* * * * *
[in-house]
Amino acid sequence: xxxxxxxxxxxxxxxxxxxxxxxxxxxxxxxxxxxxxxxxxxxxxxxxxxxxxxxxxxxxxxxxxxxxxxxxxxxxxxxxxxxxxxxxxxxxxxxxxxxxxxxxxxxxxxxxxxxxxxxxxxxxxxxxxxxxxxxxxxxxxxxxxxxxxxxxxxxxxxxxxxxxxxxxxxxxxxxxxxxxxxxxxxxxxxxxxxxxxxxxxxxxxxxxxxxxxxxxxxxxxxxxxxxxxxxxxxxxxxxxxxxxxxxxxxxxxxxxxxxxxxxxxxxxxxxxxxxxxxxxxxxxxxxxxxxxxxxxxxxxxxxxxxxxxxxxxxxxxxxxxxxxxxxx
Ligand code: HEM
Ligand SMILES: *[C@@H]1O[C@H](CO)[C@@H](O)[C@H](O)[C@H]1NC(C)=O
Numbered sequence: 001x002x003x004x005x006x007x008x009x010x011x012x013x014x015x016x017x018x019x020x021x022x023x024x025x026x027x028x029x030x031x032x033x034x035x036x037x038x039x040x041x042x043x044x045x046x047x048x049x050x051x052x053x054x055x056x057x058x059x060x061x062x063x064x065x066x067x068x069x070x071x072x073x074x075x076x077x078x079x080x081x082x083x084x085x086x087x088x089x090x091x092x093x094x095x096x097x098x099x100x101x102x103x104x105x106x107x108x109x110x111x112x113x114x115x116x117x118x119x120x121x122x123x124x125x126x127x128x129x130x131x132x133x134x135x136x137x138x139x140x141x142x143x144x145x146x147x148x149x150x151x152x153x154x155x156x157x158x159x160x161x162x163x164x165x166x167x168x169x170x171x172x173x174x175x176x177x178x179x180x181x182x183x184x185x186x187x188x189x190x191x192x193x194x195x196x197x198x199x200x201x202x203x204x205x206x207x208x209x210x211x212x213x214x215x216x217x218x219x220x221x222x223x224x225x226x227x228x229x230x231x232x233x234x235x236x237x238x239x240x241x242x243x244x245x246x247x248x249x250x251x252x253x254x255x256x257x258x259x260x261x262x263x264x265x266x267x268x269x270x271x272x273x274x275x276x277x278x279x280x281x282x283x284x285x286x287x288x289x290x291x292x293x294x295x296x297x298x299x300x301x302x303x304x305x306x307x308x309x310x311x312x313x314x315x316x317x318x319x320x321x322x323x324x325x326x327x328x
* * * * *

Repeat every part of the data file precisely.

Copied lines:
[in-house]
Amino acid sequence: xxxxxxxxxxxxxxxxxxxxxxxxxxxxxxxxxxxxxxxxxxxxxxxxxxxxxxxxxxxxxxxxxxxxxxxxxxxxxxxxxxxxxxxxxxxxxxxxxxxxxxxxxxxxxxxxxxxxxxxxxxxxxxxxxxxxxxxxxxxxxxxxxxxxxxxxxxxxxxxxxxxxxxxxxxxxxxxxxxxxxxxxxxxxxxxxxxxxxxxxxxxxxxxxxxxxxxxxxxxxxxxxxxxxxxxxxxxxxxxxxxxxxxxxxxxxxxxxxxxxxxxxxxxxxxxxxxxxxxxxxxxxxxxxxxxxxxxxxxxxxxxxxxxxxxxxxxxxxxxxxxxxxxxx
Ligand code: HEM
Ligand SMILES: *[C@@H]1O[C@H](CO)[C@@H](O)[C@H](O)[C@H]1NC(C)=O
Numbered sequence: 001x002x003x004x005x006x007x008x009x010x011x012x013x014x015x016x017x018x019x020x021x022x023x024x025x026x027x028x029x030x031x032x033x034x035x036x037x038x039x040x041x042x043x044x045x046x047x048x049x050x051x052x053x054x055x056x057x058x059x060x061x062x063x064x065x066x067x068x069x070x071x072x073x074x075x076x077x078x079x080x081x082x083x084x085x086x087x088x089x090x091x092x093x094x095x096x097x098x099x100x101x102x103x104x105x106x107x108x109x110x111x112x113x114x115x116x117x118x119x120x121x122x123x124x125x126x127x128x129x130x131x132x133x134x135x136x137x138x139x140x141x142x143x144x145x146x147x148x149x150x151x152x153x154x155x156x157x158x159x160x161x162x163x164x165x166x167x168x169x170x171x172x173x174x175x176x177x178x179x180x181x182x183x184x185x186x187x188x189x190x191x192x193x194x195x196x197x198x199x200x201x202x203x204x205x206x207x208x209x210x211x212x213x214x215x216x217x218x219x220x221x222x223x224x225x226x227x228x229x230x231x232x233x234x235x236x237x238x239x240x241x242x243x244x245x246x247x248x249x250x251x252x253x254x255x256x257x258x259x260x261x262x263x264x265x266x267x268x269x270x271x272x273x274x275x276x277x278x279x280x281x282x283x284x285x286x287x288x289x290x291x292x293x294x295x296x297x298x299x300x301x302x303x304x305x306x307x308x309x310x311x312x313x314x315x316x317x318x319x320x321x322x323x324x325x326x327x328x